Relatives of workers killed in the 2010 explosion of the Deepwater Horizon drilling rig appeared in a New Orleans court room and gave "Gut wrenching" testimony before federal judge Sarah Vance approved an agreement with BP PLC. The company pleads guilty to manslaughter and other charges. BP will pay $4 billion in criminal penalties for its role in the explosion and resulting oil spill in the Gulf of Mexico.

Several family members expressed dissatisfaction with the arrangement.

"These men suffered a horrendous death. They were basically cremated alive and not at their choice."  - Billy Anderson

"By cutting corners, they gambled with the lives of 126 crew members to save a few dollars."    - Courtney Kemp-Robertson

"BP knows there is nothing we can say to diminish their loss.The lives lost and those forever changed will stay with us. We are truly sorry."   - BP America vice president Luke Keller


BP agreed last November to plead guilty to charges involving the workers' deaths and for lying to Congress about the size of the spill. "The Well From Hell" gushed more than 200 million gallons of oil. and damaged the coastlines of several states.

Vance told victims' family members that she read their "truly gut-wrenching" written statements and factored them into her decision.  She went on to say BP executives should have personally apologized to family members long ago.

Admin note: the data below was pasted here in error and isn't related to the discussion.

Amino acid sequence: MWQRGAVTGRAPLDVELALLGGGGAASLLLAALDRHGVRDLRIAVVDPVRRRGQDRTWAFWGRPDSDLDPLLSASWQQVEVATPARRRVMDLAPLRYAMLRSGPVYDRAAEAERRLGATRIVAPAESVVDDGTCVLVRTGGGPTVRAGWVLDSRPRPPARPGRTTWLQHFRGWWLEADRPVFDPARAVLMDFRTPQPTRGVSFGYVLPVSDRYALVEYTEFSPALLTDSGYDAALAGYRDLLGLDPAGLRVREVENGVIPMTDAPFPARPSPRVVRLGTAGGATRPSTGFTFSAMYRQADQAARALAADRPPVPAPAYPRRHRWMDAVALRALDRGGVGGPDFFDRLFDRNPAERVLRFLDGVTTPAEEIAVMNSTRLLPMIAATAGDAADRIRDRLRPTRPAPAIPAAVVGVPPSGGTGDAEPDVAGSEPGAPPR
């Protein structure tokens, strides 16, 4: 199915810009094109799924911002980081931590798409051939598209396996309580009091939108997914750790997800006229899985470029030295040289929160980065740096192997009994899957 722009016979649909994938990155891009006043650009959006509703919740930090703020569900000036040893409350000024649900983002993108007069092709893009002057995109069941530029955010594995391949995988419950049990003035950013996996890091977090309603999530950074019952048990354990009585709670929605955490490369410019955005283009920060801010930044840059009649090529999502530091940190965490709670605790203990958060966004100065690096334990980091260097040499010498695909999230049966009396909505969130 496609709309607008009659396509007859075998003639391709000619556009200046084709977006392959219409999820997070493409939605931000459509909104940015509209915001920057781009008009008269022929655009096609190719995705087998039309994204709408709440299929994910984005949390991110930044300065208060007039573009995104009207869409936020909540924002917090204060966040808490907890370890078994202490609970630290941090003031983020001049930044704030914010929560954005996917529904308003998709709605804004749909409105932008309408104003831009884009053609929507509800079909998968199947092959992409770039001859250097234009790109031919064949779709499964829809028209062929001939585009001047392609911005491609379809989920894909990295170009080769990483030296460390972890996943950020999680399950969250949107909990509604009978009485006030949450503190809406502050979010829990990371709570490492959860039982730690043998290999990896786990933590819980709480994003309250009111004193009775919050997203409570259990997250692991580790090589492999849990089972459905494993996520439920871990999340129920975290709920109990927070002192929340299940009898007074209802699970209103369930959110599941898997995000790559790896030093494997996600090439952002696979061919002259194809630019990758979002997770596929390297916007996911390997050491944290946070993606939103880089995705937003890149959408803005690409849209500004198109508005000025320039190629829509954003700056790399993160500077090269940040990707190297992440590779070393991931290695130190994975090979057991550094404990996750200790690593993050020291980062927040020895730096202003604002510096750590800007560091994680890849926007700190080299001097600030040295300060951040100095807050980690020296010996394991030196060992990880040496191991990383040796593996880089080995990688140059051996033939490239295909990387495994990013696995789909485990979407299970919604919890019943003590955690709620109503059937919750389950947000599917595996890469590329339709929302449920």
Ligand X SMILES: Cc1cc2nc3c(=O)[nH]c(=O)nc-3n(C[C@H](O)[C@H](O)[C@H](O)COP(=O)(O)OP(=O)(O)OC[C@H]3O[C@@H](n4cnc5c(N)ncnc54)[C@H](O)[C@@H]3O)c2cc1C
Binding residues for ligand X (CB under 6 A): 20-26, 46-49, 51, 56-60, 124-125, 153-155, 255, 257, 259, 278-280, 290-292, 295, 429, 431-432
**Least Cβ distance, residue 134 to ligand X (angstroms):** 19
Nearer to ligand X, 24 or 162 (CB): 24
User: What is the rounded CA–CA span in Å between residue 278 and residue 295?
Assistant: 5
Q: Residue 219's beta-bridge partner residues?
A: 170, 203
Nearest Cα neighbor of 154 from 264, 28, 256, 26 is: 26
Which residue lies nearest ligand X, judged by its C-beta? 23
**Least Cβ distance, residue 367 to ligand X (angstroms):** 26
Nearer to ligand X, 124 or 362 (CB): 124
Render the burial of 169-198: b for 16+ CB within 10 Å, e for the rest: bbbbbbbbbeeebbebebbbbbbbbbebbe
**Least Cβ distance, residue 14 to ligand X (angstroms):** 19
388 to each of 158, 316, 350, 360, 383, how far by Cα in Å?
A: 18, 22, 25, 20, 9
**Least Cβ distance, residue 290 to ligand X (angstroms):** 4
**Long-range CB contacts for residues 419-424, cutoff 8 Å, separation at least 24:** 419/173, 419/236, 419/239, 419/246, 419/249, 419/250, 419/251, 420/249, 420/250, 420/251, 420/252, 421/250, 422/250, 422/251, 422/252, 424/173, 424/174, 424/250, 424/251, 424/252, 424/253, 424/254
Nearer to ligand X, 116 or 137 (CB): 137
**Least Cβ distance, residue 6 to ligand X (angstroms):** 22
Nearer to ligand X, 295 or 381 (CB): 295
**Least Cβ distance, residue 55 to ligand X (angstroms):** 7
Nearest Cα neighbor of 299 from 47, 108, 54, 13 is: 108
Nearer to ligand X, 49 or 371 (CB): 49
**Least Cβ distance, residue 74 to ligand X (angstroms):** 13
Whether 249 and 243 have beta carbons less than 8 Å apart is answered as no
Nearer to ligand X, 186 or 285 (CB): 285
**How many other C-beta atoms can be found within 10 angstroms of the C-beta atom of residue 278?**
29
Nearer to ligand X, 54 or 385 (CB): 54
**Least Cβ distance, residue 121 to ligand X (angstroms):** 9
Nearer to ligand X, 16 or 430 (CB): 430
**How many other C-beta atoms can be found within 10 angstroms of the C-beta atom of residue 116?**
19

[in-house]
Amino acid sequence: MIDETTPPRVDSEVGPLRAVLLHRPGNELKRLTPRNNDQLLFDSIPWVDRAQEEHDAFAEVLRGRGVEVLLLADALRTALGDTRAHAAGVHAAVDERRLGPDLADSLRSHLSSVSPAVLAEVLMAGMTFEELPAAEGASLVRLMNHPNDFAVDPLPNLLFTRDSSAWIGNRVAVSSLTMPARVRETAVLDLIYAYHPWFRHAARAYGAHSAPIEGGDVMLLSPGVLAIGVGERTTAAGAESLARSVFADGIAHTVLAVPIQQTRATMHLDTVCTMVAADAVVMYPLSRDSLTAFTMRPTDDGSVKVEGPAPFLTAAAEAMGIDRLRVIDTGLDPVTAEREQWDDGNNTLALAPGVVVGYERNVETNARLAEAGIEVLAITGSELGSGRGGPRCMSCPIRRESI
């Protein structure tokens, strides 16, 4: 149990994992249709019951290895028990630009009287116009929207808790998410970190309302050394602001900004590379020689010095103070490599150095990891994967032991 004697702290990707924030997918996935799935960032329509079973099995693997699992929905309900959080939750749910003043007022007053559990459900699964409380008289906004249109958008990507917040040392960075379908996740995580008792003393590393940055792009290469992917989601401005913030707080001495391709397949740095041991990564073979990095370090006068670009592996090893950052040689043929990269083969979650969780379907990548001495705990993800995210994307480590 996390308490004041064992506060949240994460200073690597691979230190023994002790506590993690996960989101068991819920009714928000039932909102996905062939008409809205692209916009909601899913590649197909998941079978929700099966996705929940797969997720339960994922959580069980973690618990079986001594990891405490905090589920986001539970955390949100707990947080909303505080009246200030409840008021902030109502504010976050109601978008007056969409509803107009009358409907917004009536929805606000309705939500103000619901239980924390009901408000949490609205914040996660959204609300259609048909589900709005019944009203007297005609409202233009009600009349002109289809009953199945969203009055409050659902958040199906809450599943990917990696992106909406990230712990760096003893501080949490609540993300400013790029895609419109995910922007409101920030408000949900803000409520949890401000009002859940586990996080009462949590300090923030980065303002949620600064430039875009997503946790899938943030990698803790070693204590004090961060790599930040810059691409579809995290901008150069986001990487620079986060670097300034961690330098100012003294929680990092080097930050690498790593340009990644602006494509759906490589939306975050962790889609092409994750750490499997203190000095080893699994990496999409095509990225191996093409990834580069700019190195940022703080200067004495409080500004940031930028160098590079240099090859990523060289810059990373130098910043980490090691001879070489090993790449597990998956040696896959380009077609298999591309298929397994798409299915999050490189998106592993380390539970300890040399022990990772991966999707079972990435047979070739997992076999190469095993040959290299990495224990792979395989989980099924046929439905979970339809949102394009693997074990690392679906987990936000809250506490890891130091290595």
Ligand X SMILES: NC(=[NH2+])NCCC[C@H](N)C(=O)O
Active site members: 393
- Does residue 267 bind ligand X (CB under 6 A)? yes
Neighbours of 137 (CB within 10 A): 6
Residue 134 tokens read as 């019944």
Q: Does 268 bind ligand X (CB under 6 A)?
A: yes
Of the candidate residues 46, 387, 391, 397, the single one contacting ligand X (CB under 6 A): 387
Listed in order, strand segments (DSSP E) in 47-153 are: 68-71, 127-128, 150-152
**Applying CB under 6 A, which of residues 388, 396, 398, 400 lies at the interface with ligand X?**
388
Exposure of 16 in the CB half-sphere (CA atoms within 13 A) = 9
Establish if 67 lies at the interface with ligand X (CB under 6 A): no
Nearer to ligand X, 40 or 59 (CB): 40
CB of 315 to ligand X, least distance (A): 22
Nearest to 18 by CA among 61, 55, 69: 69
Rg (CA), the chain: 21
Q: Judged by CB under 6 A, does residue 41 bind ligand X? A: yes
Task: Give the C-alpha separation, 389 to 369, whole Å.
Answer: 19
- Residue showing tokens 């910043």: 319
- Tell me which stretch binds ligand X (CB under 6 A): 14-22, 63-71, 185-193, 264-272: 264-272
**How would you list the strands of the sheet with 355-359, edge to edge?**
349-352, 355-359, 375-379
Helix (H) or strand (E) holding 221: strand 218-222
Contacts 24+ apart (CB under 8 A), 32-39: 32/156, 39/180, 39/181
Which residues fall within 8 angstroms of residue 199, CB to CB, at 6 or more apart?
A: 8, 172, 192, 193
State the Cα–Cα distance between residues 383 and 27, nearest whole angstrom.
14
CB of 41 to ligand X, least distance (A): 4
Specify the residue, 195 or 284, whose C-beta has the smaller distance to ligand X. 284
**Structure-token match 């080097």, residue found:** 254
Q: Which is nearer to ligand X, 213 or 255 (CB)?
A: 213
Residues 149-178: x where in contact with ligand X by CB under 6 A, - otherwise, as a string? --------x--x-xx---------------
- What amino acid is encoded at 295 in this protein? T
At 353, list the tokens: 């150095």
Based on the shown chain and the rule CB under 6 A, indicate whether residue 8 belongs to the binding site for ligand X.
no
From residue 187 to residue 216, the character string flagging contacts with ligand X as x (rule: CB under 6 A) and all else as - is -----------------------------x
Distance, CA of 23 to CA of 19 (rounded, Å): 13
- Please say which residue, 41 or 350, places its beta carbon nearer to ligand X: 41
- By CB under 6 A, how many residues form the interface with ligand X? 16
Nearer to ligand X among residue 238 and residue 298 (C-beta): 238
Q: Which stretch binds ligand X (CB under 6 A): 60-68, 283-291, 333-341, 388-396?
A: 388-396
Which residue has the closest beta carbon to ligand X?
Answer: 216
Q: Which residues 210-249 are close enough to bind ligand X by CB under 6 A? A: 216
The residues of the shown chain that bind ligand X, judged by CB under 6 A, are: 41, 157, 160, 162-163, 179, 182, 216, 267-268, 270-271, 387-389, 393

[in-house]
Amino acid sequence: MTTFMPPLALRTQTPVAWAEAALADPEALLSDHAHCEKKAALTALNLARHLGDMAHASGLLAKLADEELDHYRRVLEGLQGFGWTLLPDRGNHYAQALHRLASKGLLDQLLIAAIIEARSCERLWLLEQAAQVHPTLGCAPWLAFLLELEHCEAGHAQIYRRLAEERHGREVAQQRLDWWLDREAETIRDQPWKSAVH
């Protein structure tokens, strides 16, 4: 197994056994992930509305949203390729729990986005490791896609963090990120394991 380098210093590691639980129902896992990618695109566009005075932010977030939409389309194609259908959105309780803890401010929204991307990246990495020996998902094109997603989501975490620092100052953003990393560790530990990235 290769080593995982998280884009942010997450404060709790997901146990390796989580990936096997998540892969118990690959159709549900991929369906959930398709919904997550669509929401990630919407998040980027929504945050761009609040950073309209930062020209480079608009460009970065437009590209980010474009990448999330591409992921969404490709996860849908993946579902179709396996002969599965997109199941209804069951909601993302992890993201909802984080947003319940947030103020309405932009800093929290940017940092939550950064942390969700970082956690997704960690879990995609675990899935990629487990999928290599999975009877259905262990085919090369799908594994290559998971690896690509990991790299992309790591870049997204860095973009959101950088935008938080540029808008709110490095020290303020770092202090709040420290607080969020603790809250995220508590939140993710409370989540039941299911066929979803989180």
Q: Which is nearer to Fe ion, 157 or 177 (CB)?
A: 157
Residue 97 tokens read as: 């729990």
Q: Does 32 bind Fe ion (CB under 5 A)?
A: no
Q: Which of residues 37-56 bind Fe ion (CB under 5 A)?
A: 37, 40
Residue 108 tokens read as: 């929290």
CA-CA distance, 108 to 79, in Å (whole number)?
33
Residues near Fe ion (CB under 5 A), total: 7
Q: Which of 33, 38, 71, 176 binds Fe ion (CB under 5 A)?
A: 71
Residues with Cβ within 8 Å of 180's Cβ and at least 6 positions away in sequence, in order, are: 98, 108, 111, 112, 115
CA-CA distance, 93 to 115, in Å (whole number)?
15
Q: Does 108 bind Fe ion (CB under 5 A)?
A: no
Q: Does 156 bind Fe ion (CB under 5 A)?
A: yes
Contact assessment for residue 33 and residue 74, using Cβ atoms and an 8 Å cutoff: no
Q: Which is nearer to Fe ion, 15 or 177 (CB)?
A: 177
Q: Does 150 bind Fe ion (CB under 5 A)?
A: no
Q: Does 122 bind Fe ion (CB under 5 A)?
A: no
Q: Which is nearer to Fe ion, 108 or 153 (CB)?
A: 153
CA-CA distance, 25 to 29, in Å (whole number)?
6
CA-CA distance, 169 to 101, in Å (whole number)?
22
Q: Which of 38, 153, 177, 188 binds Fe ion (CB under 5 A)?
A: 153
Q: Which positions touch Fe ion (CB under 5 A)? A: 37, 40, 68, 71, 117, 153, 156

"I think BP should have done that out of basic humanity."   -Judge Sarah Vance

The deal doesn't resolve the federal government's civil claims against BP. The company could pay billions more in penalties for environmental damage. BP has also agreed to a settlement with attorneys for Gulf Coast residents and business people that will cost the company nearly $8 billion dollars.

BP agreed to pay nearly $1.3 billion in fines, the largest corporate criminal penalty in US history. Payments of nearly $2.4 billion will go to the National Fish and Wildlife Foundation. $350 million will be paid to the National Academy of Sciences.

A separate settlement has been reached with rig owner Transocean Ltd.

Four individuals are still facing separate criminal charges. Rig supervisors Robert Kaluza and Donald Vidrine are each charged with 11 counts of manslaughter.  BP's former vice president of exploration for the Gulf of Mexico                        David Rainey faces charges of lying to Congress about the amount of oil that was spilled. Kurt Mix was charged with deleting text messages about the BP's spill response.

I thought you should know the names of the people who died......

Jason Anderson, 35, of Midfield, Texas. A father of two.  Aaron Dale "Bubba" Burkeen, 37, of Philadelphia, Miss. His death came on his wedding anniversary. Donald Clark, 49, of Newellton, La. He was one of six workers scheduled to leave the rig on April 21, the day after the blast. Stephen Ray Curtis, 40, of Georgetown, La., Curtis was married and had two teenagers. Gordon Jones, 28, of Baton Rouge, La. Jones arrived on the rig the day before the explosion. He died 10 minutes after talking to his pregnant wife, Michelle Jones. Their son, Max, was born three weeks later. Roy Wyatt Kemp, 27, Jonesville, La.His daughter's birthday was 3 days before the explosion. Kemp was one of six workers scheduled to leave the rig on April 21. Karl Kleppinger Jr., 38, of Natchez, Miss. Kleppinger was a veteran of the first Gulf War and the father of one child. Keith Blair Manuel, 56, of Gonzales, La. Manuel had three daughters.  Dewey A. Revette, 48, of State Line, Miss. He was one of six workers scheduled to leave the rig on April 21.  Shane M. Roshto, 22, of Liberty, Miss. He was one of six workers who were set to leave the rig on April 21.  Adam Weise, 24, Yorktown, Texas. He was one of six workers scheduled to leave the rig on April 21.